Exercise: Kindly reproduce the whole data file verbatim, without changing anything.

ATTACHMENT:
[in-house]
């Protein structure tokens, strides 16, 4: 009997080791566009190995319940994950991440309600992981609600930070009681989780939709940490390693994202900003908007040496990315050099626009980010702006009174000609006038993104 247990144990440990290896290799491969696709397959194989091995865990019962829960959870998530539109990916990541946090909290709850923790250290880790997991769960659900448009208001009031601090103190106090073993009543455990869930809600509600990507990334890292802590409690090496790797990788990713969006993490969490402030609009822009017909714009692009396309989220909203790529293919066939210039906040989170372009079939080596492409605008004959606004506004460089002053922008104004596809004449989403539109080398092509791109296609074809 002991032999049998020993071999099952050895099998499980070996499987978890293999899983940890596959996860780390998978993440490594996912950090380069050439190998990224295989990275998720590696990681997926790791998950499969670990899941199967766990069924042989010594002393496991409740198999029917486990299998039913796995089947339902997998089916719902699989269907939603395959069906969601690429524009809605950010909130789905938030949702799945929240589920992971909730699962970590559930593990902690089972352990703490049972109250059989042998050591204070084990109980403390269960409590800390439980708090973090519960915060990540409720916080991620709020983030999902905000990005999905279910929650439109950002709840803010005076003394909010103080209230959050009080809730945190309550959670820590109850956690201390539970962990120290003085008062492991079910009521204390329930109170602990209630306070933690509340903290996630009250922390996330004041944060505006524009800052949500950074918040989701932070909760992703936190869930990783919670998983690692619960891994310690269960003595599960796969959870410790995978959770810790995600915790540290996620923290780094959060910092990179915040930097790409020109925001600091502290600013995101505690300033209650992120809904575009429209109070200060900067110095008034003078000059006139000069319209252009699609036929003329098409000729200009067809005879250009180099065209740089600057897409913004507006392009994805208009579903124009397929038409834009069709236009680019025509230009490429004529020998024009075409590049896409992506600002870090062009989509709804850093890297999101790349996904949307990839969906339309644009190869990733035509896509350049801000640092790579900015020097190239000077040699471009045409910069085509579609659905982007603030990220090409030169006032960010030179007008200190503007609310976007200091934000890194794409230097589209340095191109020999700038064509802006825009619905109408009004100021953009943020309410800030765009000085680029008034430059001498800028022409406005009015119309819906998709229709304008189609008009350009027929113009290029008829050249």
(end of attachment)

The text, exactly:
[in-house]
């Protein structure tokens, strides 16, 4: 009997080791566009190995319940994950991440309600992981609600930070009681989780939709940490390693994202900003908007040496990315050099626009980010702006009174000609006038993104 247990144990440990290896290799491969696709397959194989091995865990019962829960959870998530539109990916990541946090909290709850923790250290880790997991769960659900448009208001009031601090103190106090073993009543455990869930809600509600990507990334890292802590409690090496790797990788990713969006993490969490402030609009822009017909714009692009396309989220909203790529293919066939210039906040989170372009079939080596492409605008004959606004506004460089002053922008104004596809004449989403539109080398092509791109296609074809 002991032999049998020993071999099952050895099998499980070996499987978890293999899983940890596959996860780390998978993440490594996912950090380069050439190998990224295989990275998720590696990681997926790791998950499969670990899941199967766990069924042989010594002393496991409740198999029917486990299998039913796995089947339902997998089916719902699989269907939603395959069906969601690429524009809605950010909130789905938030949702799945929240589920992971909730699962970590559930593990902690089972352990703490049972109250059989042998050591204070084990109980403390269960409590800390439980708090973090519960915060990540409720916080991620709020983030999902905000990005999905279910929650439109950002709840803010005076003394909010103080209230959050009080809730945190309550959670820590109850956690201390539970962990120290003085008062492991079910009521204390329930109170602990209630306070933690509340903290996630009250922390996330004041944060505006524009800052949500950074918040989701932070909760992703936190869930990783919670998983690692619960891994310690269960003595599960796969959870410790995978959770810790995600915790540290996620923290780094959060910092990179915040930097790409020109925001600091502290600013995101505690300033209650992120809904575009429209109070200060900067110095008034003078000059006139000069319209252009699609036929003329098409000729200009067809005879250009180099065209740089600057897409913004507006392009994805208009579903124009397929038409834009069709236009680019025509230009490429004529020998024009075409590049896409992506600002870090062009989509709804850093890297999101790349996904949307990839969906339309644009190869990733035509896509350049801000640092790579900015020097190239000077040699471009045409910069085509579609659905982007603030990220090409030169006032960010030179007008200190503007609310976007200091934000890194794409230097589209340095191109020999700038064509802006825009619905109408009004100021953009943020309410800030765009000085680029008034430059001498800028022409406005009015119309819906998709229709304008189609008009350009027929113009290029008829050249």